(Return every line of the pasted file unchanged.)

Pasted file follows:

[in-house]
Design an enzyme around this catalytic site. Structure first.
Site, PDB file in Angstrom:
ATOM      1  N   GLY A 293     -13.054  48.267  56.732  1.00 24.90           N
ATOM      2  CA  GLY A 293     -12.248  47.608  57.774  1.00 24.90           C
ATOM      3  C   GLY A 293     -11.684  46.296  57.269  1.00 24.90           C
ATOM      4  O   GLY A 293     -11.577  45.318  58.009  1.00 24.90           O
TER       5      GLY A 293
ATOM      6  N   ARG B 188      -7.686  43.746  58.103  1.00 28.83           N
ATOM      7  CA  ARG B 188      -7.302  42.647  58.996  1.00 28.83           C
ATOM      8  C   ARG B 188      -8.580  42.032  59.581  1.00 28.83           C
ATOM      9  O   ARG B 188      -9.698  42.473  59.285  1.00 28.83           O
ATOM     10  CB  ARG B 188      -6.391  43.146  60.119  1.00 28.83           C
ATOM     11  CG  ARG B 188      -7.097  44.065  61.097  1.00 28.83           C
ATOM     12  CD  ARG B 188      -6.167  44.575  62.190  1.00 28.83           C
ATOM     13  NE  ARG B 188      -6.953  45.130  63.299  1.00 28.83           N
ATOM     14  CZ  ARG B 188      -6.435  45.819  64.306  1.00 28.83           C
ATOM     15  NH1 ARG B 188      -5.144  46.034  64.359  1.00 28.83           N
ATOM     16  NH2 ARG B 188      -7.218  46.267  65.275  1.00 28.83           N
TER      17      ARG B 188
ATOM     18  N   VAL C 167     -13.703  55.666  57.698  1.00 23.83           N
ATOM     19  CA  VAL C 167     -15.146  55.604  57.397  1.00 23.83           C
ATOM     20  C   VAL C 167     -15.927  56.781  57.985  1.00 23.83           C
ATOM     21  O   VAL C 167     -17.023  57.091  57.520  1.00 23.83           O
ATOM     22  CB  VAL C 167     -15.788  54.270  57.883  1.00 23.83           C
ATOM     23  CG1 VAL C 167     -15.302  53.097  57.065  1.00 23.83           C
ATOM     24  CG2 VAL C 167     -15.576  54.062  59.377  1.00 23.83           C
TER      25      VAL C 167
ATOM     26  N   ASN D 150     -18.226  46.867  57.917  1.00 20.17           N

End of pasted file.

[in-house]
Design an enzyme around this catalytic site. Structure first.
Site, PDB file in Angstrom:
ATOM      1  N   GLY A 293     -13.054  48.267  56.732  1.00 24.90           N
ATOM      2  CA  GLY A 293     -12.248  47.608  57.774  1.00 24.90           C
ATOM      3  C   GLY A 293     -11.684  46.296  57.269  1.00 24.90           C
ATOM      4  O   GLY A 293     -11.577  45.318  58.009  1.00 24.90           O
TER       5      GLY A 293
ATOM      6  N   ARG B 188      -7.686  43.746  58.103  1.00 28.83           N
ATOM      7  CA  ARG B 188      -7.302  42.647  58.996  1.00 28.83           C
ATOM      8  C   ARG B 188      -8.580  42.032  59.581  1.00 28.83           C
ATOM      9  O   ARG B 188      -9.698  42.473  59.285  1.00 28.83           O
ATOM     10  CB  ARG B 188      -6.391  43.146  60.119  1.00 28.83           C
ATOM     11  CG  ARG B 188      -7.097  44.065  61.097  1.00 28.83           C
ATOM     12  CD  ARG B 188      -6.167  44.575  62.190  1.00 28.83           C
ATOM     13  NE  ARG B 188      -6.953  45.130  63.299  1.00 28.83           N
ATOM     14  CZ  ARG B 188      -6.435  45.819  64.306  1.00 28.83           C
ATOM     15  NH1 ARG B 188      -5.144  46.034  64.359  1.00 28.83           N
ATOM     16  NH2 ARG B 188      -7.218  46.267  65.275  1.00 28.83           N
TER      17      ARG B 188
ATOM     18  N   VAL C 167     -13.703  55.666  57.698  1.00 23.83           N
ATOM     19  CA  VAL C 167     -15.146  55.604  57.397  1.00 23.83           C
ATOM     20  C   VAL C 167     -15.927  56.781  57.985  1.00 23.83           C
ATOM     21  O   VAL C 167     -17.023  57.091  57.520  1.00 23.83           O
ATOM     22  CB  VAL C 167     -15.788  54.270  57.883  1.00 23.83           C
ATOM     23  CG1 VAL C 167     -15.302  53.097  57.065  1.00 23.83           C
ATOM     24  CG2 VAL C 167     -15.576  54.062  59.377  1.00 23.83           C
TER      25      VAL C 167
ATOM     26  N   ASN D 150     -18.226  46.867  57.917  1.00 20.17           N